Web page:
I’m always fascinated by the potential power of cheap, accessible education. Back in 2013, I wrote about how Georgia Tech planned to offer an online master’s degree in Computer Science for only $7,000. Three years later, the NY Times has a follow-up article on the program. Here are my notes in case you’re stuck behind a paywall.
- Georgia Tech has a Top 10 CS program, according to U.S. News & World Report. Their online version offers lectures from the same professors, the same homework assignments, and the same exams.
- A few other top universities have online versions of their masters programs, but they charge the same tuition as in-person ($40,000+). Georgia Tech’s online masters can be completed with only $7,000.
- Through the use of online discussion software, a CS professor claims he now interacts with online students more often than with on-campus students.
- A study found that this program attracted students that would not otherwise study for a master’s degree. This could be due to cost, geographical limitations, current employment, or other factors. Most enrolled students were older and currently employed while taking courses.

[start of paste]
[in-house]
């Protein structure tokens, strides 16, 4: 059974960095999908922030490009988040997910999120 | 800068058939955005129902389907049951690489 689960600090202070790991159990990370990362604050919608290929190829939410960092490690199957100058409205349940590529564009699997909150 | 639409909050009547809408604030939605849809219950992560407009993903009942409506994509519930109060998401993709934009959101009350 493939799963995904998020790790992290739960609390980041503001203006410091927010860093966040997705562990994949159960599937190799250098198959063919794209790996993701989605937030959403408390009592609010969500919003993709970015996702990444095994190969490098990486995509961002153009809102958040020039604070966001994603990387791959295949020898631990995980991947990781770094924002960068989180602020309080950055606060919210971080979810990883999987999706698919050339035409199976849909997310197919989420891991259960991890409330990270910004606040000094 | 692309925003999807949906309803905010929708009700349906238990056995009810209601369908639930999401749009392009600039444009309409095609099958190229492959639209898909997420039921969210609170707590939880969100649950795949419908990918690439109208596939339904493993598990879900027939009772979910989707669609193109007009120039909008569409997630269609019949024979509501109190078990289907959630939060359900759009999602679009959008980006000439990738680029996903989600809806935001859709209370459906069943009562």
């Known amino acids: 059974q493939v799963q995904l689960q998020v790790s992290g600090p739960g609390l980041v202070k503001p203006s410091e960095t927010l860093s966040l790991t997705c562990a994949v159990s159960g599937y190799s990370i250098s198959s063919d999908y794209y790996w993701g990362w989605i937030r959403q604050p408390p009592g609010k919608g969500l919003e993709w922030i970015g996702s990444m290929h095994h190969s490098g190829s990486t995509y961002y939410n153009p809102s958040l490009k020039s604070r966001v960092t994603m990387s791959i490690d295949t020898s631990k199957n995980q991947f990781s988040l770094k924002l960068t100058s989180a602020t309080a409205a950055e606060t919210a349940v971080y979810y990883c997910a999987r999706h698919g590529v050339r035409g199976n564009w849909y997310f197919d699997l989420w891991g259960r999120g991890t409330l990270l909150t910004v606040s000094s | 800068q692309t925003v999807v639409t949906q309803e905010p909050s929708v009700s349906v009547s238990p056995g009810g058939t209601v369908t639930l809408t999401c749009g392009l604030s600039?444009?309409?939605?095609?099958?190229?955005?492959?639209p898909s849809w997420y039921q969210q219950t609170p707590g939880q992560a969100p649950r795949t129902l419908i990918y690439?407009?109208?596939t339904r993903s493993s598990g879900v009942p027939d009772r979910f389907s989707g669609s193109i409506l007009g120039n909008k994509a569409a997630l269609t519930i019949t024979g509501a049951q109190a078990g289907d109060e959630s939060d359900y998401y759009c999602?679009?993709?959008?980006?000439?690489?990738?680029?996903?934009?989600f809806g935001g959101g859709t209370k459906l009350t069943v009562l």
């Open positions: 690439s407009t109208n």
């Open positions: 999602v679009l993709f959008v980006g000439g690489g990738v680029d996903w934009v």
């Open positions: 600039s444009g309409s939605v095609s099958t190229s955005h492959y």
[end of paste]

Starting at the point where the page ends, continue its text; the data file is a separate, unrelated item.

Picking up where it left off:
- The first students started in 2014, and the first class of 20 graduates got their diplomas in December 2015. The current enrollment is over 3,000 students.
- The Georgia Tech diploma will read “Master of Science in Computer Science,” exactly the same as those of on-campus graduates. There will be no “online” designation for the degrees of OMS CS graduates.
Promotional video below:
It’s still unknown whether this online degree will have the same impact as a traditional on-campus degree. For now, Georgia Tech is still the only university to offer a prestigious, high-quality computer science degree that is both convenient and affordable. The OMSCS program states their $7,000 tuition is priced to just barely cover their costs. Will any other university attempt an “at-cost” pricing model? What if someone extended that model to undergraduate programs?
On a related note, Khan Academy is trying to combine their free online educational materials with “internationally-recognized diplomas that provide direct access to economic and educational opportunities.” To me, this means need to create an accredited program, which would require human graders at the very minimum even if they used stock lectures and community-based teaching support. Perhaps they can form some sort of volunteer network to keep costs low. Proposal video below:
© MyMoneyBlog.com, 2016.